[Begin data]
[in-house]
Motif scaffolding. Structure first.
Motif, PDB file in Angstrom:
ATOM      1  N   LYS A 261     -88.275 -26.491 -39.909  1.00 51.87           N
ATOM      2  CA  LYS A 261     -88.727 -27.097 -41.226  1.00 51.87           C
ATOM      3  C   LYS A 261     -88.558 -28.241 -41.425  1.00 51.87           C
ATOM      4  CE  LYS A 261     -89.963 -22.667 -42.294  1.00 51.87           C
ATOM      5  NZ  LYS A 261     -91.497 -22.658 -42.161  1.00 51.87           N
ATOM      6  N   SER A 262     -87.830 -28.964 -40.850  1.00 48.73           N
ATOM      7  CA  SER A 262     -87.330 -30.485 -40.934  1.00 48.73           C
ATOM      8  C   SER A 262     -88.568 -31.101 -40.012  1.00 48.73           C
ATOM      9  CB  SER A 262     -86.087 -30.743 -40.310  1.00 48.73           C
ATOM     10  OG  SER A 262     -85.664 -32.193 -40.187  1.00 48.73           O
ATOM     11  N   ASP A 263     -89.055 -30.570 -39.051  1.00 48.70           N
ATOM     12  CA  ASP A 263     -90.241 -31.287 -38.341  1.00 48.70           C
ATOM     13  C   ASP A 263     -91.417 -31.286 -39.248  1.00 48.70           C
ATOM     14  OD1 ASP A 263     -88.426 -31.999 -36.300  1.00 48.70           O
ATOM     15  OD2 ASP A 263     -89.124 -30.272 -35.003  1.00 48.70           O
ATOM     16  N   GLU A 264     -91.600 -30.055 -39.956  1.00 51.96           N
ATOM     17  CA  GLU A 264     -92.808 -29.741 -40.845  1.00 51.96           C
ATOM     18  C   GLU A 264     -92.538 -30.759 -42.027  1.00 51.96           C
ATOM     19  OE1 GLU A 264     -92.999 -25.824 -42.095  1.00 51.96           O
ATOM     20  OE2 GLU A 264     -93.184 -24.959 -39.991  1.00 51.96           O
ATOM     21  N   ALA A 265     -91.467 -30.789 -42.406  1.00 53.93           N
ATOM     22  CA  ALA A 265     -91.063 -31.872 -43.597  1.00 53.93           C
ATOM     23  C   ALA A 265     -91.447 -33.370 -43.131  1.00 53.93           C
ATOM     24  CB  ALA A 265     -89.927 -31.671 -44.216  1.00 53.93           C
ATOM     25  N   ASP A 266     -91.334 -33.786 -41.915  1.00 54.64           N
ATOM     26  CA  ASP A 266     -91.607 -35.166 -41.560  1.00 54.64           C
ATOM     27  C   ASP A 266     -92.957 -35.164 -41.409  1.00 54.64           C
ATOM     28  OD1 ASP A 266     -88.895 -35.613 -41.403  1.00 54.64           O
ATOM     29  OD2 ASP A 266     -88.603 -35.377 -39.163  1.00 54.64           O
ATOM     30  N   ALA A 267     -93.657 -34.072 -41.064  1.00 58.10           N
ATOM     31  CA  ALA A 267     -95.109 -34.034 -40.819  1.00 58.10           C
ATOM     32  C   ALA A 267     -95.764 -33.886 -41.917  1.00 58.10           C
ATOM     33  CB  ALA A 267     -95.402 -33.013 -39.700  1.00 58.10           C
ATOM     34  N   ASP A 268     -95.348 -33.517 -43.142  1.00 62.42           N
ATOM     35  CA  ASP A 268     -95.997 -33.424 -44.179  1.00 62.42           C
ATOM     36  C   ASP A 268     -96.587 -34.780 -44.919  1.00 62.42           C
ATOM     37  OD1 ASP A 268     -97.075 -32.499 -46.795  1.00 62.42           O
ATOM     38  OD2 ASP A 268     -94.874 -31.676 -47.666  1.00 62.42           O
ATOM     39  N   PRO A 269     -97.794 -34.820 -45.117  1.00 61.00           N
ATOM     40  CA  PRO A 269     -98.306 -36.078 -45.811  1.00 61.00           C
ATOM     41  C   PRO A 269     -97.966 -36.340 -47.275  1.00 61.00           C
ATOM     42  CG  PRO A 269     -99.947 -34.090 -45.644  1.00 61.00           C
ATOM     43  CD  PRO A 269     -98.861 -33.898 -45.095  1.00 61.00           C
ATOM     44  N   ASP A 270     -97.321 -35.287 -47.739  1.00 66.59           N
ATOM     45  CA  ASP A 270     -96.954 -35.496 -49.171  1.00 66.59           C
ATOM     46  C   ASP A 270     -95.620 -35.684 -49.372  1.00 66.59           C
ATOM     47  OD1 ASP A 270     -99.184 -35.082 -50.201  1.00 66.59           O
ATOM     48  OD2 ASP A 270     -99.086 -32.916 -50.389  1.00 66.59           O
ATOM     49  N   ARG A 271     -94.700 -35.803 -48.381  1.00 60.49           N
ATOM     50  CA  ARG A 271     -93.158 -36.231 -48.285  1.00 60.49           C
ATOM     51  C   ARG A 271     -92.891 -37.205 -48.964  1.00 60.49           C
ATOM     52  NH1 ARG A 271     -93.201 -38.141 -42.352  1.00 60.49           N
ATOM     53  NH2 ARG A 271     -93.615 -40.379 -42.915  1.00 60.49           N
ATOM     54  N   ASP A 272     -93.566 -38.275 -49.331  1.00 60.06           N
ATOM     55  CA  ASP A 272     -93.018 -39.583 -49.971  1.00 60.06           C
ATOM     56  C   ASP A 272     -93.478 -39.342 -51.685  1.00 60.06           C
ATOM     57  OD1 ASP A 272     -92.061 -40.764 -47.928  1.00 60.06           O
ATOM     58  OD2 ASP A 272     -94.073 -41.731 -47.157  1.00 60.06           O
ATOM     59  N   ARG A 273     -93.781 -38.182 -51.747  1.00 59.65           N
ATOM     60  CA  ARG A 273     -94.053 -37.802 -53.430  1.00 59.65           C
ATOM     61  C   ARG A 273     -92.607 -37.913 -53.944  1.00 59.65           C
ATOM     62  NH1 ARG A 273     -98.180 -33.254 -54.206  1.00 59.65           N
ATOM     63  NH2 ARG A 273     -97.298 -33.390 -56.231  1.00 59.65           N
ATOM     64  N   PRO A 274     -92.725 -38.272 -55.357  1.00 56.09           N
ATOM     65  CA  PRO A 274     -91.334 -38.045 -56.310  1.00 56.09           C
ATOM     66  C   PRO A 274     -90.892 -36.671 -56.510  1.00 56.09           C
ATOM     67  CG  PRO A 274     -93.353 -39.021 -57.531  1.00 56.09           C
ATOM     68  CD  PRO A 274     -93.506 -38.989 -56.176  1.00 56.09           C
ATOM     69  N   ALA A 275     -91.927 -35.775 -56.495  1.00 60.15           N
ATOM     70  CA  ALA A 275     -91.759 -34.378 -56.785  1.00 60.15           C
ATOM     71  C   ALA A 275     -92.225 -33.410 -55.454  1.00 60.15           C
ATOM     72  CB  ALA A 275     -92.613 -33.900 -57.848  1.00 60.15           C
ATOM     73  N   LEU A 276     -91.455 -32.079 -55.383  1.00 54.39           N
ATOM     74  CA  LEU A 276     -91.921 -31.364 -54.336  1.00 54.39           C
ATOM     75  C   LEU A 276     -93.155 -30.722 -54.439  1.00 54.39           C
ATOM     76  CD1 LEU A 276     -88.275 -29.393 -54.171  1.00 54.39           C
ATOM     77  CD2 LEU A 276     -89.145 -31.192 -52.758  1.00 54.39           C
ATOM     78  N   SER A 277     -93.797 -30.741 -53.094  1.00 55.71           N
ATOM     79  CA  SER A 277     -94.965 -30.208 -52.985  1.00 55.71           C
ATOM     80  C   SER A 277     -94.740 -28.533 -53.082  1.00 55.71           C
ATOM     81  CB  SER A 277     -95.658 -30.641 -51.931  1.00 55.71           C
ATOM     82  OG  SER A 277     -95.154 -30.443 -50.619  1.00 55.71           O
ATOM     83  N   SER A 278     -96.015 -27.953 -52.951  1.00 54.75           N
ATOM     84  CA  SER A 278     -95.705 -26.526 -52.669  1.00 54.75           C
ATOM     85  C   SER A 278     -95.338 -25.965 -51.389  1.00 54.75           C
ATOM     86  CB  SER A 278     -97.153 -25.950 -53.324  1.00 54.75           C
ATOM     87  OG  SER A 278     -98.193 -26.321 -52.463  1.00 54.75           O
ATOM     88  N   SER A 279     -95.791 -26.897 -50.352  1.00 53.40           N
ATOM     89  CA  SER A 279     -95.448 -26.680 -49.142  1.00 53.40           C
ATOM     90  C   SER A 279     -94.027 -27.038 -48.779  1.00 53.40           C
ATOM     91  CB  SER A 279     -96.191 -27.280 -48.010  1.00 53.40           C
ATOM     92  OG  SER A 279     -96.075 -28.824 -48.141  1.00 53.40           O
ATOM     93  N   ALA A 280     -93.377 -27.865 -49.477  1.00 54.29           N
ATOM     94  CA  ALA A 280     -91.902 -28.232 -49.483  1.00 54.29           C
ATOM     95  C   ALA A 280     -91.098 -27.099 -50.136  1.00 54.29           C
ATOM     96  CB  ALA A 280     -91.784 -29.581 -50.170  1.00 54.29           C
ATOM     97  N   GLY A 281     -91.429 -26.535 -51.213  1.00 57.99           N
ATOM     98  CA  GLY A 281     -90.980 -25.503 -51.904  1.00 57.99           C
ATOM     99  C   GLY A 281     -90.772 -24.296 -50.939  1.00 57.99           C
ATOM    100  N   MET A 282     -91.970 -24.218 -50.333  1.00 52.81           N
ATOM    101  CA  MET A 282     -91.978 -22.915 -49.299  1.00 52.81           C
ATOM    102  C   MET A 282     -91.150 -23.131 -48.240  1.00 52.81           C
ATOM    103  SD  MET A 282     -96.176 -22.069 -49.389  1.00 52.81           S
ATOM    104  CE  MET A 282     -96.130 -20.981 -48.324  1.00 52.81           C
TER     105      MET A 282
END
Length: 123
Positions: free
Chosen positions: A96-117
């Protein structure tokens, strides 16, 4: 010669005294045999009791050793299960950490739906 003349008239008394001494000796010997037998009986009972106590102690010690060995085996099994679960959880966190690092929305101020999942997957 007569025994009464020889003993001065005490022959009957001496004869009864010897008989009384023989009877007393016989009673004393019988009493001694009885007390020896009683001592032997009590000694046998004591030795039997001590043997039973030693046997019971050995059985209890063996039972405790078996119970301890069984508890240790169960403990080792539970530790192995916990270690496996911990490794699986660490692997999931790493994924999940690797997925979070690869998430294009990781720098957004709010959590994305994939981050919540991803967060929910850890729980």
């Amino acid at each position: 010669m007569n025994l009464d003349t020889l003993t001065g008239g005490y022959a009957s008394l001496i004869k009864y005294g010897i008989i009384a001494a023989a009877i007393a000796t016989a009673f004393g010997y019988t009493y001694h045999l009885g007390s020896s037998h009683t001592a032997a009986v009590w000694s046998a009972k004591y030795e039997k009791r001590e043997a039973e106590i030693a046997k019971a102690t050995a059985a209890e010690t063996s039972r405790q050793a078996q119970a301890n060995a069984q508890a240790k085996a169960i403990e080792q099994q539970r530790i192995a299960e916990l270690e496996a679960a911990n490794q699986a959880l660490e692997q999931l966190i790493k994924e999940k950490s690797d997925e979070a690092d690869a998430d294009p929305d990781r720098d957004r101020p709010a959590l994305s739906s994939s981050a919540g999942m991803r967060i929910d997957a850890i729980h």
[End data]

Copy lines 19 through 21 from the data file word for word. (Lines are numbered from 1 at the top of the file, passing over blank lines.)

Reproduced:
ATOM     16  N   GLU A 264     -91.600 -30.055 -39.956  1.00 51.96           N
ATOM     17  CA  GLU A 264     -92.808 -29.741 -40.845  1.00 51.96           C
ATOM     18  C   GLU A 264     -92.538 -30.759 -42.027  1.00 51.96           C